Wednesday, April 17, 2013

Augustine's Confessions book 2

Any time you read any book at all about ethics, you want to pay very close attention to the opening moves.

Most of us read the other way: we want to get to the end and see what we are supposed to do and not supposed to do. That temptation is very strong with a writer like Augustine who casts one very long shadow in ethics. Even if you're reading him only to reject him, you will care a whole lot about what he requires and prohibits.

But that is kind of dumb if you think about it. Any moral system has some flexibility built into it. It would be really exceptional if every single conclusion was rock solid. There is far more to learn from considering the premises. You can learn a lot from reading moral writers with interesting moral premises even if you don't want to accept their conclusions.

Anyway, here in Book 2, Augustine actually begins to outline what sin means to him. And, as is becoming a bit of a theme for this blogging of the book, it isn't what I thought I remembered.

Augustine begins with sex. You expected that. Right? But he doesn't end up there. He ends up with what seems like a rather trivial sin—an account of stealing pears off a tree—as his paradigmatic example of a sin. How does that work?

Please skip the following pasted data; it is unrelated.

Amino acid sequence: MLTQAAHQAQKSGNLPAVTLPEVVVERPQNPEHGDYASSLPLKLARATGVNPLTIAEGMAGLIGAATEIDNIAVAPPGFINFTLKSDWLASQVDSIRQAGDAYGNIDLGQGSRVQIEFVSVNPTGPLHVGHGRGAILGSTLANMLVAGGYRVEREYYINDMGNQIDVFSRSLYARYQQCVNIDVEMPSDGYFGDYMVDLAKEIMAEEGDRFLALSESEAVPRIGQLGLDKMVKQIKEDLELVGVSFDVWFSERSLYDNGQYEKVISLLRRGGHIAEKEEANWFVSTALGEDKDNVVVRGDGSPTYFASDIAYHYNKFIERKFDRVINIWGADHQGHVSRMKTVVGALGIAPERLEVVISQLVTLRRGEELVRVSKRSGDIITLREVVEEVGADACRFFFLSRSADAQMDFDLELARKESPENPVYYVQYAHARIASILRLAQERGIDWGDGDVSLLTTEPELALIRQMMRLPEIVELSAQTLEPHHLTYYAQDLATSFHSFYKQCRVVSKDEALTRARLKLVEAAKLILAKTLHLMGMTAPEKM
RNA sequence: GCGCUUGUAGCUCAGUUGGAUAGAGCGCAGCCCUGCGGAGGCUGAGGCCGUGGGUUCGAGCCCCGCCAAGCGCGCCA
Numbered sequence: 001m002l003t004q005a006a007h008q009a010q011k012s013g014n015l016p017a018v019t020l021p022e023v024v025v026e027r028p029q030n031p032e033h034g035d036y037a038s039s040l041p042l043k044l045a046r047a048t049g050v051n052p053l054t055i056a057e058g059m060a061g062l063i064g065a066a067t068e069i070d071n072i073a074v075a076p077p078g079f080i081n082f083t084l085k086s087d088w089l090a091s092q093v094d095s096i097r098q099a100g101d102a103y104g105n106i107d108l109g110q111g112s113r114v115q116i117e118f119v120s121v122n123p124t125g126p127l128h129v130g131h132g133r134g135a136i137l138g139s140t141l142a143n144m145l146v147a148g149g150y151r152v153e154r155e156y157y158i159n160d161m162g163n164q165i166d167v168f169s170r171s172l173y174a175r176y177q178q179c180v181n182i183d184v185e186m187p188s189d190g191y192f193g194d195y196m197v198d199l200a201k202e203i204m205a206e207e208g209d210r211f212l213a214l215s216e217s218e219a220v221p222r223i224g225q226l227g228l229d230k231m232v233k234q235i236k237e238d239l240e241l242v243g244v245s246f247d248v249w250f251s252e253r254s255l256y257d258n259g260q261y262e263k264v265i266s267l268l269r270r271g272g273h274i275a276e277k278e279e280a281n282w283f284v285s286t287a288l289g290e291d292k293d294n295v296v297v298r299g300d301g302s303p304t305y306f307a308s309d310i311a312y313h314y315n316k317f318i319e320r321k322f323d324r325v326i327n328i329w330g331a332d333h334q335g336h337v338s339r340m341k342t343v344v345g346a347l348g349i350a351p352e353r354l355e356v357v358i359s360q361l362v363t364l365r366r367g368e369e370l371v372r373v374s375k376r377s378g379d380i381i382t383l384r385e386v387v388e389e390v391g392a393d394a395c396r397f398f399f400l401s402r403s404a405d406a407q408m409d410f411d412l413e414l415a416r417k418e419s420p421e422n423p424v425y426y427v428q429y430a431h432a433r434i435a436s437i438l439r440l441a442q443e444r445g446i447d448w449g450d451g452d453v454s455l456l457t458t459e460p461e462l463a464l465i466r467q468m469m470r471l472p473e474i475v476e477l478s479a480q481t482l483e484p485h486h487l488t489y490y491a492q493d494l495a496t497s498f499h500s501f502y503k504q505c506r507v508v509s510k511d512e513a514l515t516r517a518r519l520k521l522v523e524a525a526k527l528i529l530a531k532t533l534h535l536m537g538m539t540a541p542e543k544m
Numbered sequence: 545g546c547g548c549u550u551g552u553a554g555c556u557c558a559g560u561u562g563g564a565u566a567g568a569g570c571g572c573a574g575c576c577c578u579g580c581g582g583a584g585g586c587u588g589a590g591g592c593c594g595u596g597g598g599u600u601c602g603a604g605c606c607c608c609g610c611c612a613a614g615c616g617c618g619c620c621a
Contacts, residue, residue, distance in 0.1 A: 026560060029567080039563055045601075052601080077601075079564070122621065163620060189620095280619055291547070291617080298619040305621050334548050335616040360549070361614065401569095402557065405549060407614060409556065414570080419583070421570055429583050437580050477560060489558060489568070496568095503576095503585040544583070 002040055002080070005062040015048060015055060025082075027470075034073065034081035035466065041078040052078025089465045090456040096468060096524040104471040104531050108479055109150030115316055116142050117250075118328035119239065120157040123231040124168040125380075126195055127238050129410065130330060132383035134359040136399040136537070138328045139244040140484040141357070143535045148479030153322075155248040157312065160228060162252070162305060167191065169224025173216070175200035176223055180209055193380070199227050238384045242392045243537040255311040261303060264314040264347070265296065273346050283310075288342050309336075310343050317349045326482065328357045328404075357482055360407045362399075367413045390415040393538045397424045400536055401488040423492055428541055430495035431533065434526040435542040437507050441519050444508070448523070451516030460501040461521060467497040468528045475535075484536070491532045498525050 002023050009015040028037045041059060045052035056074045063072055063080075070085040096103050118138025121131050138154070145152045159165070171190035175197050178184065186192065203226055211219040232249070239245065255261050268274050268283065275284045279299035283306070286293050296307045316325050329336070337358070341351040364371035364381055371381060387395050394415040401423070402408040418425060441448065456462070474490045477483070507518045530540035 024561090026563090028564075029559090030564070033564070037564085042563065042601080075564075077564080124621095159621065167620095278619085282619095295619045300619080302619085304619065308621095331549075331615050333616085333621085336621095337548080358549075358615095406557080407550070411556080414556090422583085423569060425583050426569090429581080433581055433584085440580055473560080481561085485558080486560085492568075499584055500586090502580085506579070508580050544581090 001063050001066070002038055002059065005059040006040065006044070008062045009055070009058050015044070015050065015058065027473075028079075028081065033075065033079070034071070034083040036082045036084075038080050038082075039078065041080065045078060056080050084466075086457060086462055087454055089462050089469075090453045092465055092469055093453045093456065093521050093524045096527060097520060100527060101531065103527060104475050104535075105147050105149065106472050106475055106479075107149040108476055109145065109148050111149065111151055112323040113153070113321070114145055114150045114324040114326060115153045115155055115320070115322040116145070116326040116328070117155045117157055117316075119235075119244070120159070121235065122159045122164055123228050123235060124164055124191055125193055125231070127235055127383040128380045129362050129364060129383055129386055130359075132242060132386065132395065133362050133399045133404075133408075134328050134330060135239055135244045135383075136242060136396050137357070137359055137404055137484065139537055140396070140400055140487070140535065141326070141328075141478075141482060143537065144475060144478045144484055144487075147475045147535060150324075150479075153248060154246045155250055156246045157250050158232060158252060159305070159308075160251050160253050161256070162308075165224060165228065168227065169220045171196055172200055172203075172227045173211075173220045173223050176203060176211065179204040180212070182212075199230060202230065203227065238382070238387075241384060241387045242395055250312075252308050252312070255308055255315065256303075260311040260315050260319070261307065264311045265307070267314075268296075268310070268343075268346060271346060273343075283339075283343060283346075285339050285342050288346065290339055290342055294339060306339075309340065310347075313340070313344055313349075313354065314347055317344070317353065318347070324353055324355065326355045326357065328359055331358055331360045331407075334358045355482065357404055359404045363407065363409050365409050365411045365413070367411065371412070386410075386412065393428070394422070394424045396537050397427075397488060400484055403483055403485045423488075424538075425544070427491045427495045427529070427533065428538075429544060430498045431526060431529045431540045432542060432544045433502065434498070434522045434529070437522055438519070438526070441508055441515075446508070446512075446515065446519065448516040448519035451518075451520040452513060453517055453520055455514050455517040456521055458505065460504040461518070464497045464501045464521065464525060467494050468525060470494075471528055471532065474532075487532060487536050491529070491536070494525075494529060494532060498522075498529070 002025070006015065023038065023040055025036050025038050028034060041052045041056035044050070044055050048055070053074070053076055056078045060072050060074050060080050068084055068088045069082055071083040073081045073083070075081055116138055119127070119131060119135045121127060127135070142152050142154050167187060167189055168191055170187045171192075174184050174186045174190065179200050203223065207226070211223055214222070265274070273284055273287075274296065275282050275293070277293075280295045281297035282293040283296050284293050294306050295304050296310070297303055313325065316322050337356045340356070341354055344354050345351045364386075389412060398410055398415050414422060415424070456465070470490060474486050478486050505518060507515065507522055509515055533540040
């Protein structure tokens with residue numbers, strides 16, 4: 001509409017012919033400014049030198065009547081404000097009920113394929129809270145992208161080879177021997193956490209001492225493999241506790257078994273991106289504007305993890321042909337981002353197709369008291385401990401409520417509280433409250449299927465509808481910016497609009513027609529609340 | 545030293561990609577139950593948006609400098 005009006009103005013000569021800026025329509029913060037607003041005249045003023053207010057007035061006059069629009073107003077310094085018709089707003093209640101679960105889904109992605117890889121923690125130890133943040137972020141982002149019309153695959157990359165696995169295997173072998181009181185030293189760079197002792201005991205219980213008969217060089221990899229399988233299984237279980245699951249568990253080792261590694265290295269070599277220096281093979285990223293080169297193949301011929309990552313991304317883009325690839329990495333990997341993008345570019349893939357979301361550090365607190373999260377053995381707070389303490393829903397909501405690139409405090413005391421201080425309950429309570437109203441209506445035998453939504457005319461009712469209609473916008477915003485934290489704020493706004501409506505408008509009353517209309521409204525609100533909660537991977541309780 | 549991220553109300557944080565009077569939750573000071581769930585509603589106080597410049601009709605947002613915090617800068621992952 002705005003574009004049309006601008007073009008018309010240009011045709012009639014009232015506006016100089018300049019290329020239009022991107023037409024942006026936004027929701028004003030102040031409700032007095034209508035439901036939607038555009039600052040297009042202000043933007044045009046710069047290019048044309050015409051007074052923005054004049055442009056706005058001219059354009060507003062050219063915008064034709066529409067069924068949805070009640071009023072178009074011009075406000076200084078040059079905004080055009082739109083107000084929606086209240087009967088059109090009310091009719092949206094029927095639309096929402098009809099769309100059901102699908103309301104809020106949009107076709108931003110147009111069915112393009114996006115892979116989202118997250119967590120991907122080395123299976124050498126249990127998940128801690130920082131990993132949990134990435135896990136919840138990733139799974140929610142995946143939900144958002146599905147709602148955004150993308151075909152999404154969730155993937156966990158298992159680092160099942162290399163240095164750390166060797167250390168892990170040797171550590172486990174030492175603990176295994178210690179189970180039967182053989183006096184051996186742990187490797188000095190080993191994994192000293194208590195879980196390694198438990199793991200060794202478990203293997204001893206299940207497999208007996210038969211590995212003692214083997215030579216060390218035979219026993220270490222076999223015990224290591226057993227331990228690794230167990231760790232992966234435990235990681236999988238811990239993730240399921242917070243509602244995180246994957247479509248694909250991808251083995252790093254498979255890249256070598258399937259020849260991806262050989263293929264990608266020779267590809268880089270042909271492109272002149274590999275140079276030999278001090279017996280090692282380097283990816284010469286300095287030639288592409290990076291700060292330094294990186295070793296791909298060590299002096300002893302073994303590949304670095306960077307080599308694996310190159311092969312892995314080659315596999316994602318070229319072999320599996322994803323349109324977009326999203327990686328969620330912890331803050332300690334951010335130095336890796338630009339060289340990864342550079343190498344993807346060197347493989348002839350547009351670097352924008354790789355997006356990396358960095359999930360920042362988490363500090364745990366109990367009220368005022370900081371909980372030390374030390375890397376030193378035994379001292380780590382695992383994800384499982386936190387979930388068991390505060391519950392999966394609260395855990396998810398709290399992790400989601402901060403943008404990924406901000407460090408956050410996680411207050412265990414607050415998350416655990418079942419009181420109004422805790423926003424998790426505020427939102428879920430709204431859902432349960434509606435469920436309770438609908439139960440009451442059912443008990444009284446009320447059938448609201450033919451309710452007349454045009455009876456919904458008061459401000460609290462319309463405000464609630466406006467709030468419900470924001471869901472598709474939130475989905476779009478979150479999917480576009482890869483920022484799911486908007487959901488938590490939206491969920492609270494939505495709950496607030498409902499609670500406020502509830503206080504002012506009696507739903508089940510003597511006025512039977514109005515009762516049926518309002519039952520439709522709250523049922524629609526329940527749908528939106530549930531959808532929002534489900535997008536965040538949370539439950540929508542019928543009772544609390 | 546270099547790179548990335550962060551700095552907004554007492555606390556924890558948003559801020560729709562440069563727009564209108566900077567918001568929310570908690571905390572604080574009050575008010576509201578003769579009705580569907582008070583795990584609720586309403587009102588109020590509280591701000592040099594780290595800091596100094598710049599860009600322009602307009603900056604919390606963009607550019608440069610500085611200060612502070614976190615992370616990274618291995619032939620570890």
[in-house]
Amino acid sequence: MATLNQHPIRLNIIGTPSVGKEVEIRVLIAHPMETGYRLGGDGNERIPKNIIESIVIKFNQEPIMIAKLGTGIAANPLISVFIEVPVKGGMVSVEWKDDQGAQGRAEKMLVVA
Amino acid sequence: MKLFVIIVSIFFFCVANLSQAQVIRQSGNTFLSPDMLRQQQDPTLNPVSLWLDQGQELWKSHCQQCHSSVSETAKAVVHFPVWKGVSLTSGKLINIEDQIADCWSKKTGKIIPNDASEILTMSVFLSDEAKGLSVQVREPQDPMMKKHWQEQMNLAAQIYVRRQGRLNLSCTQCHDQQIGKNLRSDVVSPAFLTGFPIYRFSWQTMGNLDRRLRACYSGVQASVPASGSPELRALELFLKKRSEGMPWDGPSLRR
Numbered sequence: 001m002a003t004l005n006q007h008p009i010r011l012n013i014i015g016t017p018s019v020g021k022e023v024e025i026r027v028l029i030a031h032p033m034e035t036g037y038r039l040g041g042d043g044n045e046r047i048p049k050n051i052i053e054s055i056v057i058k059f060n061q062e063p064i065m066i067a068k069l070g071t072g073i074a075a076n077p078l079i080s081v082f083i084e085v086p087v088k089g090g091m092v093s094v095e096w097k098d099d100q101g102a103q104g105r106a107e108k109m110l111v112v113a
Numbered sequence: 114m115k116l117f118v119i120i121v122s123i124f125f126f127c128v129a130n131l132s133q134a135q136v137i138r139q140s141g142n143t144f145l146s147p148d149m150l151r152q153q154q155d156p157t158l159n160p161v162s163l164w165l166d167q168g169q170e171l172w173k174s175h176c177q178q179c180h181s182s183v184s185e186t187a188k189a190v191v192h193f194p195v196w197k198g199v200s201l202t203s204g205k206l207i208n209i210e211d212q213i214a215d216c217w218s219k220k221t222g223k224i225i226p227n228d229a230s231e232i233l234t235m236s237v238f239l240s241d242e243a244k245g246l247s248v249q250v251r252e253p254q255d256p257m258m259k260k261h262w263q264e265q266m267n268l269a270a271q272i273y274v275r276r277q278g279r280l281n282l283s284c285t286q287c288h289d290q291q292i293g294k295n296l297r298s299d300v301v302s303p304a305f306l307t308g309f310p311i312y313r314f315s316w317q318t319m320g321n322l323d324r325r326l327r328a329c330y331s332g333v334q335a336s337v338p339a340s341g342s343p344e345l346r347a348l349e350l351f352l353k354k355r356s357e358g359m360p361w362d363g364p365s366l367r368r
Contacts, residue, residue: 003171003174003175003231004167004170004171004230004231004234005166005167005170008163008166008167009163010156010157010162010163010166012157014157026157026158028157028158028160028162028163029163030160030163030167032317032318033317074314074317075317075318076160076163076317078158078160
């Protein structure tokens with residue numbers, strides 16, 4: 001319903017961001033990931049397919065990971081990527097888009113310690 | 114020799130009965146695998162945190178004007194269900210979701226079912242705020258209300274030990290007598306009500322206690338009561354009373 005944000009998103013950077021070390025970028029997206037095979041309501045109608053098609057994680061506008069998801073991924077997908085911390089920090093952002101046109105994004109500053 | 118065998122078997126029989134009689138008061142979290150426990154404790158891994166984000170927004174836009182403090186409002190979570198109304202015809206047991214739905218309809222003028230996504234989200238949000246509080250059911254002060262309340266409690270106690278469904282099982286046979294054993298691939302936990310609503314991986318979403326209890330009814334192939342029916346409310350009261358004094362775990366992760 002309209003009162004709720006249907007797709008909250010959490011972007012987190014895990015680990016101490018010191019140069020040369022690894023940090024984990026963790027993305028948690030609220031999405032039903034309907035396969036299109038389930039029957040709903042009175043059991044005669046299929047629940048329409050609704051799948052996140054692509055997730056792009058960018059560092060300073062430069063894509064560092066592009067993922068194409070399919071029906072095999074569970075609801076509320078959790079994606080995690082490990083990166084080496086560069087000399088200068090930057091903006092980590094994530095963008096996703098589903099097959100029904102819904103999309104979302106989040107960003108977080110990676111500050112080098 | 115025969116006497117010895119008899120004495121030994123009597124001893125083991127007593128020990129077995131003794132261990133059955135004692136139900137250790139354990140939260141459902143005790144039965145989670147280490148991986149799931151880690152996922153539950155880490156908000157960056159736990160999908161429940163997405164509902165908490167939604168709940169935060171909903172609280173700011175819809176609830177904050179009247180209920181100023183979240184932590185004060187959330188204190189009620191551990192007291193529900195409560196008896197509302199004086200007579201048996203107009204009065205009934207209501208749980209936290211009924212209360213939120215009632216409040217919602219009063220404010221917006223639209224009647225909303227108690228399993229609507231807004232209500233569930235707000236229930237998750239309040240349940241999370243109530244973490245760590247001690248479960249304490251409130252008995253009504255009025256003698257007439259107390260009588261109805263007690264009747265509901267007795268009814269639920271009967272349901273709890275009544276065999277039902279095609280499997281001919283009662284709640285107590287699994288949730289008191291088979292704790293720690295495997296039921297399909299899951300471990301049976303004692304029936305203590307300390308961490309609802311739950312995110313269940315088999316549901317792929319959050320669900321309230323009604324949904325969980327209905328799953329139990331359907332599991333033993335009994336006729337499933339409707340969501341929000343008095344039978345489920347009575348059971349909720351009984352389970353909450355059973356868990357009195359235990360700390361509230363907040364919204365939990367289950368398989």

Well, for starters, Augustine doesn't talk about sex as way of describing sin but as a way of describing human weakness. Sex in itself is not a sin. The sin arises when we start thinking and caring about how others see us as sexual beings.

Augustine is not, as the modern term would have it, sex positive. He argues that it is better to be celibate than to have sex. This, as odd as it may seem to us, was not an uncommon attitude in the ancient world. Sex was what imprudent people, people with poor risk assessment skills, did and it was understood by not a few to be a danger to your virtue in the sense that it prevented you from being all you could be.

When Saint Paul, says, for example, that a married man is focused on pleasing his wife and a single man is focused on pleasing God (a line that Augustine approvingly quotes) he is not saying anything that would have shocked ancient readers. They could easily imagine a military leader saying the same of his troops; saying that their loyalty and devotion as soldiers would be greater if they weren't married.

But we should not imagine that Augustine imagines sex to be a sin. He sees it as a weakness. And one of the profound outcomes of this is that he he uses terms like concupiscence and lust to describe all human craving after base things. Sex is a base thing in his eyes to be sure but it isn't evil. The sin comes when our desire for sex trumps our desire for higher things.

Dangerous friendships

When it comes time to confess the sexual sins of his sixteenth year, a year he spent in idleness, Augustine shocks us by not mentioning any of the things you might expect. He doesn't mention Suzie whom he met in the back pantry way or Pauline on the beach. No, the thing that drives him to sin is not Suzie's bodacious ta tas or Pauline's awesome posterior but his desire to seem like a player in the eyes of his friends:
... I rushed ahead with so much blindness that in the presence of my companions I was ashamed of being less filthy than they were. And when I heard them bragging of their wicked actions and boasting how much more beastly they were, I was determined to emulate their life, not merely for the pleasure of it, but in order that I might be praised for it. (Book 2, chapter 3)